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It's the end of the road for Trishul

Oct 17, 2006 08:07 AM IST India India

New Delhi: It's rare that bad news for the Defence Research and Development Organisation (DRDO) is also bad news for the Central Bureau of Investigation (CBI).

The agency's allegations of corruption in the import of the Barak missile hinge on the contention that key decision-makers of that time overlooked the indigenous Trishul option.

Now, in a stunning acknowledgement that the Trishul is a failure, the UPA Government has ordered that the programme be scrapped.

The decision has been taken after continuing failure of guidance systems even after 18 years of development work, which cost an estimated $70 million. The DRDO has been asked to wind up its Trishul facilities at Balasore by December.

The Trishul is the first missile from India's Integrated Guided Missile Development Programme to be scrapped.

The countdown for the closure of the Trishul programme began after the UPA Government signed a follow-up deal on the Barak in January. Under this agreement, the DRDO will work on a 60 km area missile defence system with help from Israel.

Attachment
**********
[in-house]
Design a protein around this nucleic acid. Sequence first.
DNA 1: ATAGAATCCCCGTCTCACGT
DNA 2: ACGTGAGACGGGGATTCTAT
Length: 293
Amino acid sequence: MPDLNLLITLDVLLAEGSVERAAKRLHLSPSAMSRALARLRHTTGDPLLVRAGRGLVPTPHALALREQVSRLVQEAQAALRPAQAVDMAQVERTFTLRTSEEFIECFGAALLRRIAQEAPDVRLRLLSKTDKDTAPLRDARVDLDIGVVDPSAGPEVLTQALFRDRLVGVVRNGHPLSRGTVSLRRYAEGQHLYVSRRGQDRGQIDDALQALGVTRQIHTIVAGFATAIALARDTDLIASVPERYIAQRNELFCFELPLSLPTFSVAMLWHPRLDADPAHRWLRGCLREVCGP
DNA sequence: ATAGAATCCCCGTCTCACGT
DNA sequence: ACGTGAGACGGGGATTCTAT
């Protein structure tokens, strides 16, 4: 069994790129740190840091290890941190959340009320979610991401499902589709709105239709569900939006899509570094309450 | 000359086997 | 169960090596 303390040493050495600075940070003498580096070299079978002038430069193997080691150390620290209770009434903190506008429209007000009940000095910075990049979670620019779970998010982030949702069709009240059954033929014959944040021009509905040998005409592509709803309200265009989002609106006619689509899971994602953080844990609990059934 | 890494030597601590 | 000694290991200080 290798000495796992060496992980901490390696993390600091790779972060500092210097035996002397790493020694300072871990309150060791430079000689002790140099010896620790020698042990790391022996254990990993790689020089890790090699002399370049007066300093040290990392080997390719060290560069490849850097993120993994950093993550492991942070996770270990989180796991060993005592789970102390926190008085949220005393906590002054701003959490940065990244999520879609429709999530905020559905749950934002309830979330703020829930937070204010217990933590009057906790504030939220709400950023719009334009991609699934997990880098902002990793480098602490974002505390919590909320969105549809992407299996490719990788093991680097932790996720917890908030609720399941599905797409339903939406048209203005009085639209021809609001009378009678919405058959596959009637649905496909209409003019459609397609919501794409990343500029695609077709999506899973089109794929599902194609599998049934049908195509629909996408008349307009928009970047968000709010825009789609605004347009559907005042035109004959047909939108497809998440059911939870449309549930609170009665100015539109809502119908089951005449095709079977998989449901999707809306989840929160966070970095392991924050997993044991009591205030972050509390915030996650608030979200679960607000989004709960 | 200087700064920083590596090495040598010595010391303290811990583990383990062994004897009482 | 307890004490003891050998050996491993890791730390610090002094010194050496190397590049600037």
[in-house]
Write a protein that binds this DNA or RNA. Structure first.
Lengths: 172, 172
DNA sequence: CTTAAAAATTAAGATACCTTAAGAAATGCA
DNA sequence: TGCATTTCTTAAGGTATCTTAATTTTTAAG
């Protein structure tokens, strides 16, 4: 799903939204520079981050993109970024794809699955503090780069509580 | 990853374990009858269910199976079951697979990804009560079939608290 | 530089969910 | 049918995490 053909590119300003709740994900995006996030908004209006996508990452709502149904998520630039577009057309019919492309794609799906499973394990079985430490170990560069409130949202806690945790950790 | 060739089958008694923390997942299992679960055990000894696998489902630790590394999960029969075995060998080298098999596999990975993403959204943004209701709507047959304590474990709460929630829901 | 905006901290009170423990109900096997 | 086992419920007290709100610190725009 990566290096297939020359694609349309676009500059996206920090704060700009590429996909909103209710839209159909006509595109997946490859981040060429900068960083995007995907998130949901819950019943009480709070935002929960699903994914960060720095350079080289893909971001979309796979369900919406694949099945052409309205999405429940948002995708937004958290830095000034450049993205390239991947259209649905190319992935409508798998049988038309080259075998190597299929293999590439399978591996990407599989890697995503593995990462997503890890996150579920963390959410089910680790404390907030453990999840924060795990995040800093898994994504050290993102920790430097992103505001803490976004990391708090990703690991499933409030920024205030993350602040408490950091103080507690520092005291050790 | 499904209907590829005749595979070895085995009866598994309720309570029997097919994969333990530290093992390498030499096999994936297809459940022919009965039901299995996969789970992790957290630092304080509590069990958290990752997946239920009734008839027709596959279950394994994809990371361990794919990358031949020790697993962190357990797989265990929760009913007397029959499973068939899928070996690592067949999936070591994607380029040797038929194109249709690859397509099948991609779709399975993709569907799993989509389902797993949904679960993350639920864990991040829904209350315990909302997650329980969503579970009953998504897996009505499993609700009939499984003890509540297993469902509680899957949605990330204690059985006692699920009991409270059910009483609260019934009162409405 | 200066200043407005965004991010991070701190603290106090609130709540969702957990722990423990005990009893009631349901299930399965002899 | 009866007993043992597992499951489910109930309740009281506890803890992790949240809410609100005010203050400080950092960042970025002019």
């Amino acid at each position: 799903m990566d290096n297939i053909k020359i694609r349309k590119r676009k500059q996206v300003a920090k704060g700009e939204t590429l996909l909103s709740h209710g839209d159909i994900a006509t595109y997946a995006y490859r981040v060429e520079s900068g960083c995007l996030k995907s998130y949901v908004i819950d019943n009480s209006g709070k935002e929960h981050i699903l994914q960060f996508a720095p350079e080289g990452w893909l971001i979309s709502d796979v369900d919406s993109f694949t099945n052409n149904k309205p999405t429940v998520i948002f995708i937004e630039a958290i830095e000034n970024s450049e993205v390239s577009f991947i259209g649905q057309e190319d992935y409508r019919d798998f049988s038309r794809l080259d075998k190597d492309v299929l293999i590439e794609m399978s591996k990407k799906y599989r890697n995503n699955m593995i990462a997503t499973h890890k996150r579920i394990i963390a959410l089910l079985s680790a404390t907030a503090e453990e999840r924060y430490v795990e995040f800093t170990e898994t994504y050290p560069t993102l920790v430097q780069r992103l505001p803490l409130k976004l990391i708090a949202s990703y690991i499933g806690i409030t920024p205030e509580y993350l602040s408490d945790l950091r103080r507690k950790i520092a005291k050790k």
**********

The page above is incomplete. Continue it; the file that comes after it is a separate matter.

Meanwhile, Navy Chief Admiral Arun Prakash gave the CBI more food for thought after be gave a gave a thumping clean chit to the Barak, strongly endorsing its utility to the Navy.

"The proof lies in the eating of the pudding and we've fired it on 14 occasions and 12 of them have been direct hits. We have used them against low-flying surface-to-surface missiles. So, as far as we're concerned, it's very good. I don't think there's anything comparable in any other Navy," Admiral Arun Prakash said.

The CBI claims that the very recommendation to acquire the Barak was a dishonest one, which now looks more and more untenable. For its case to stand, the CBI must now come forward and produce evidence that bribes were paid.